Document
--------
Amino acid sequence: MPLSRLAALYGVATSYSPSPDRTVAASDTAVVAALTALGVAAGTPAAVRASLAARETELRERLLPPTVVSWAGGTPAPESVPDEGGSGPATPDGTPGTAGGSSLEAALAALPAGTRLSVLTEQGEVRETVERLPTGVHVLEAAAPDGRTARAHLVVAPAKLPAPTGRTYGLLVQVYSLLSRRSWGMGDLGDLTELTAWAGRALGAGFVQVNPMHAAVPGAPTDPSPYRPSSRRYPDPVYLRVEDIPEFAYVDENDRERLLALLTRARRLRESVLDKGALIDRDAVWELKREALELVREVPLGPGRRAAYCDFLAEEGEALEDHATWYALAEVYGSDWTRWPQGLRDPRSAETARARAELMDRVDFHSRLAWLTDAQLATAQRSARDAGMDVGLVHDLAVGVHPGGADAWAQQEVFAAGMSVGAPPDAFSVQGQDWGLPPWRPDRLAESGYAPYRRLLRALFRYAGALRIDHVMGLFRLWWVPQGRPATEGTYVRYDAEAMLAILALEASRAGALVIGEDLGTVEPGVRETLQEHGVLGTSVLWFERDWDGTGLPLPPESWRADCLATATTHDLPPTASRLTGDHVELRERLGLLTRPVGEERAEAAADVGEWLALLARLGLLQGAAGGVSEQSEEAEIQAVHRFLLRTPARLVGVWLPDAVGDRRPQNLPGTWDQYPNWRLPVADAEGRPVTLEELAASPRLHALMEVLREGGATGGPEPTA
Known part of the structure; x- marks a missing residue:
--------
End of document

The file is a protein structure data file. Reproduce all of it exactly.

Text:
Amino acid sequence: MPLSRLAALYGVATSYSPSPDRTVAASDTAVVAALTALGVAAGTPAAVRASLAARETELRERLLPPTVVSWAGGTPAPESVPDEGGSGPATPDGTPGTAGGSSLEAALAALPAGTRLSVLTEQGEVRETVERLPTGVHVLEAAAPDGRTARAHLVVAPAKLPAPTGRTYGLLVQVYSLLSRRSWGMGDLGDLTELTAWAGRALGAGFVQVNPMHAAVPGAPTDPSPYRPSSRRYPDPVYLRVEDIPEFAYVDENDRERLLALLTRARRLRESVLDKGALIDRDAVWELKREALELVREVPLGPGRRAAYCDFLAEEGEALEDHATWYALAEVYGSDWTRWPQGLRDPRSAETARARAELMDRVDFHSRLAWLTDAQLATAQRSARDAGMDVGLVHDLAVGVHPGGADAWAQQEVFAAGMSVGAPPDAFSVQGQDWGLPPWRPDRLAESGYAPYRRLLRALFRYAGALRIDHVMGLFRLWWVPQGRPATEGTYVRYDAEAMLAILALEASRAGALVIGEDLGTVEPGVRETLQEHGVLGTSVLWFERDWDGTGLPLPPESWRADCLATATTHDLPPTASRLTGDHVELRERLGLLTRPVGEERAEAAADVGEWLALLARLGLLQGAAGGVSEQSEEAEIQAVHRFLLRTPARLVGVWLPDAVGDRRPQNLPGTWDQYPNWRLPVADAEGRPVTLEELAASPRLHALMEVLREGGATGGPEPTA
Known part of the structure; x- marks a missing residue: